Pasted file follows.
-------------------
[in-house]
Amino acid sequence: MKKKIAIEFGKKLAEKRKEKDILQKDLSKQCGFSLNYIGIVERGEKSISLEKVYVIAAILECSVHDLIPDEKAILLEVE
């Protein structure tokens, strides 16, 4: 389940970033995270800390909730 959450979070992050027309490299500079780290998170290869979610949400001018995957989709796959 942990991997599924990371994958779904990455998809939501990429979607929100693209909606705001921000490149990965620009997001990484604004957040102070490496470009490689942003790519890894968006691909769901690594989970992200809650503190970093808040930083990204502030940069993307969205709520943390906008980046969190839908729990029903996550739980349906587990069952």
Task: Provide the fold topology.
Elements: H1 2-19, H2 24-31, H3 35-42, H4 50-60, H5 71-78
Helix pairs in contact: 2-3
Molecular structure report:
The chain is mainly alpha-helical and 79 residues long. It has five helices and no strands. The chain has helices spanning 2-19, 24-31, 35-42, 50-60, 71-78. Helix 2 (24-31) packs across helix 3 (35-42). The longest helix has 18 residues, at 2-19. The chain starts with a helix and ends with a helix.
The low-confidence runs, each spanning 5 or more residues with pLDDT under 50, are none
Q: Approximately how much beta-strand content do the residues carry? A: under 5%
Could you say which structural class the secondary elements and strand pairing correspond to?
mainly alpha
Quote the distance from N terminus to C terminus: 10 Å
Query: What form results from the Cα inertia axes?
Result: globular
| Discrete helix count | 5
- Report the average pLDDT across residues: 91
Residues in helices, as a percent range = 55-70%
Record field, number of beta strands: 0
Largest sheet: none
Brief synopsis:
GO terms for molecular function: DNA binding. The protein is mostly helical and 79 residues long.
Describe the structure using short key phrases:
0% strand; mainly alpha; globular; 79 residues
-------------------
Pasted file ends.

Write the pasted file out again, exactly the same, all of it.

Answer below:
[in-house]
Amino acid sequence: MKKKIAIEFGKKLAEKRKEKDILQKDLSKQCGFSLNYIGIVERGEKSISLEKVYVIAAILECSVHDLIPDEKAILLEVE
């Protein structure tokens, strides 16, 4: 389940970033995270800390909730 959450979070992050027309490299500079780290998170290869979610949400001018995957989709796959 942990991997599924990371994958779904990455998809939501990429979607929100693209909606705001921000490149990965620009997001990484604004957040102070490496470009490689942003790519890894968006691909769901690594989970992200809650503190970093808040930083990204502030940069993307969205709520943390906008980046969190839908729990029903996550739980349906587990069952």
Task: Provide the fold topology.
Elements: H1 2-19, H2 24-31, H3 35-42, H4 50-60, H5 71-78
Helix pairs in contact: 2-3
Molecular structure report:
The chain is mainly alpha-helical and 79 residues long. It has five helices and no strands. The chain has helices spanning 2-19, 24-31, 35-42, 50-60, 71-78. Helix 2 (24-31) packs across helix 3 (35-42). The longest helix has 18 residues, at 2-19. The chain starts with a helix and ends with a helix.
The low-confidence runs, each spanning 5 or more residues with pLDDT under 50, are none
Q: Approximately how much beta-strand content do the residues carry? A: under 5%
Could you say which structural class the secondary elements and strand pairing correspond to?
mainly alpha
Quote the distance from N terminus to C terminus: 10 Å
Query: What form results from the Cα inertia axes?
Result: globular
| Discrete helix count | 5
- Report the average pLDDT across residues: 91
Residues in helices, as a percent range = 55-70%
Record field, number of beta strands: 0
Largest sheet: none
Brief synopsis:
GO terms for molecular function: DNA binding. The protein is mostly helical and 79 residues long.
Describe the structure using short key phrases:
0% strand; mainly alpha; globular; 79 residues